Older adults often have a great amount of resiliency, as they’ve seen and lived through many trying experiences in life. The extended impact of the COVID pandemic, however, can be especially hard on them as the isolation of staying home and avoiding large gatherings can lead to a decline in both physical and mental health.

Young woman visiting older gentleman

As record numbers of the population over age 65 who are most at risk receive a COVID vaccination, you may find it possible to begin to reconnect with your older loved ones beyond a phone call or online zoom session. As we start to emerge from this pandemic, it’s important to take stock of things that may have changed or are different with them and their environment.

The CDC notes that even under normal conditions the signs of depression, anxiety or worsening memory loss often go unnoticed in seniors. Here are a few things to watch for and some ideas to help transition as we begin to look forward to brighter days.

Some cautionary flags to watch out for include a loss of interest in things they used to enjoy. Is their house or yard messy when it was previously well kept? A loss of weight may mean they’re not cooking or eating like they used to. New or increased sleeping difficulties along with forgetting to take or skipping medications are critical signs. Are they having more difficulty with personal care, showering less or wearing the same clothes repeatedly? Are their finances in shape, with bills paid or do they miss or overpay them? Has their energy level changed, or have chronic conditions worsened?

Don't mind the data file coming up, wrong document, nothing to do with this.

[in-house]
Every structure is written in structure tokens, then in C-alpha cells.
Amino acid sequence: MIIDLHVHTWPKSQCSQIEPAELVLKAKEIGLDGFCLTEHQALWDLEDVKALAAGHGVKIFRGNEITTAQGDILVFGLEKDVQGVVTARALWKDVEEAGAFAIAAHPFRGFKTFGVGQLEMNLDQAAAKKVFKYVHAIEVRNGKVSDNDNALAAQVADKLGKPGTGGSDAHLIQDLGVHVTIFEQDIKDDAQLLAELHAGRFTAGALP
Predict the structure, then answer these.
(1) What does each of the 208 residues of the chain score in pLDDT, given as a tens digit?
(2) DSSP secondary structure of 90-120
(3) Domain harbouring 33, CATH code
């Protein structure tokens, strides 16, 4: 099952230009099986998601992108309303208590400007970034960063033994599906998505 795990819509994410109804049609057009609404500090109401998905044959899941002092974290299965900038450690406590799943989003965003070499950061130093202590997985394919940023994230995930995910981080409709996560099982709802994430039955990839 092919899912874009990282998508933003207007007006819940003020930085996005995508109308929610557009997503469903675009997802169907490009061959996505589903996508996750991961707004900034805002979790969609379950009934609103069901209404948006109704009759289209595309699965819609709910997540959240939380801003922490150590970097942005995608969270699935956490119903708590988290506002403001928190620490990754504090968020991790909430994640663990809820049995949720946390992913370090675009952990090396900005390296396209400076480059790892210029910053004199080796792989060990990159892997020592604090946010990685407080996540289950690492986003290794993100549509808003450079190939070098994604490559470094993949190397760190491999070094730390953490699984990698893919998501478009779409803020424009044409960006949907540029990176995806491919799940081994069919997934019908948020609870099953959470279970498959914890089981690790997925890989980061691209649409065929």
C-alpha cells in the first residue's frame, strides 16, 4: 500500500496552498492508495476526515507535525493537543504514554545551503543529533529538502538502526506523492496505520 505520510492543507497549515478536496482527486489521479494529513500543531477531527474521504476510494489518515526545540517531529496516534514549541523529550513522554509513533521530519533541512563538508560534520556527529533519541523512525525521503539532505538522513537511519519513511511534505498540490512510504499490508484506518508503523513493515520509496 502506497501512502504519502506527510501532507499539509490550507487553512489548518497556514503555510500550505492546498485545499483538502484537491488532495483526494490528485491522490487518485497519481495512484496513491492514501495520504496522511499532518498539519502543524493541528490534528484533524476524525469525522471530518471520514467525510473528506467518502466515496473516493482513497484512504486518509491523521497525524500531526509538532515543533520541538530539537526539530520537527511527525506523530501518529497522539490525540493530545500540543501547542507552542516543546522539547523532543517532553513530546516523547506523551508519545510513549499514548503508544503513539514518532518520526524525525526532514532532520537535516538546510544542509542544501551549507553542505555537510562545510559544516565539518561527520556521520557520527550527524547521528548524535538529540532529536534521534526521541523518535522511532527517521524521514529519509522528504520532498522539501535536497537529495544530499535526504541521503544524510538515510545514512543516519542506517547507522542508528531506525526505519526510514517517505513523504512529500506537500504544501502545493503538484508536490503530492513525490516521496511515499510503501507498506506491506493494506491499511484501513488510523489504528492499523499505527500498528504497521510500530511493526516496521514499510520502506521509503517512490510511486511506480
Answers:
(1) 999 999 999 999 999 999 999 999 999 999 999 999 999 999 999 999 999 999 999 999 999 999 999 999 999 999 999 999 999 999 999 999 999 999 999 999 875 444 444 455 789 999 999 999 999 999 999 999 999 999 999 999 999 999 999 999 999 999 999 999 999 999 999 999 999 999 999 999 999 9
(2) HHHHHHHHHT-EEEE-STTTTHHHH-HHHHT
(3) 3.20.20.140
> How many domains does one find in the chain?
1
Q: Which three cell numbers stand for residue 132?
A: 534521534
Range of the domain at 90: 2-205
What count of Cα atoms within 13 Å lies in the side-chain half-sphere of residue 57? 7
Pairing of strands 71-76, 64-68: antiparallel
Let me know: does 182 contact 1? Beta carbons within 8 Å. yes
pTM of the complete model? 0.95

Consulting with their primary doctor is important when you see your older loved one struggle. Taking some steps to help boost their spirits can make a big difference as well. Helping with some backyard cleanup and new spring plantings can help create a peaceful little oasis to enjoy spring and nature. Consider a daily calendar that can help organize their daily routine. Take on some home repairs and refresh their environment. Plan for some safe social engagements with a neighbor or small group they used to participate in to increase interest and new learning.

It’s also an appropriate time to consider the benefits a skilled in-home care professional can provide. Even if your older loved one is in a care facility, the one on one dedicated care and warm emotional connection a heart centered Home Helpers caregiver provides can be life changing. We also provide proactive attention to detail by a team that has depth and skill. Our Care Managers form a critical link with our families as needs arise so we can quickly address questions and concerns in real time.

From several days a week to 24/7 full time or live in care, a Home Helpers caregiver has the skills to assist with all personal care, help around the house, safely speed up recovery from surgery, or provide specialized care for Alzheimer’s, Parkinson’s, etc. For a free consultation please call Home Helpers of North Atlanta at (678) 430-8511.

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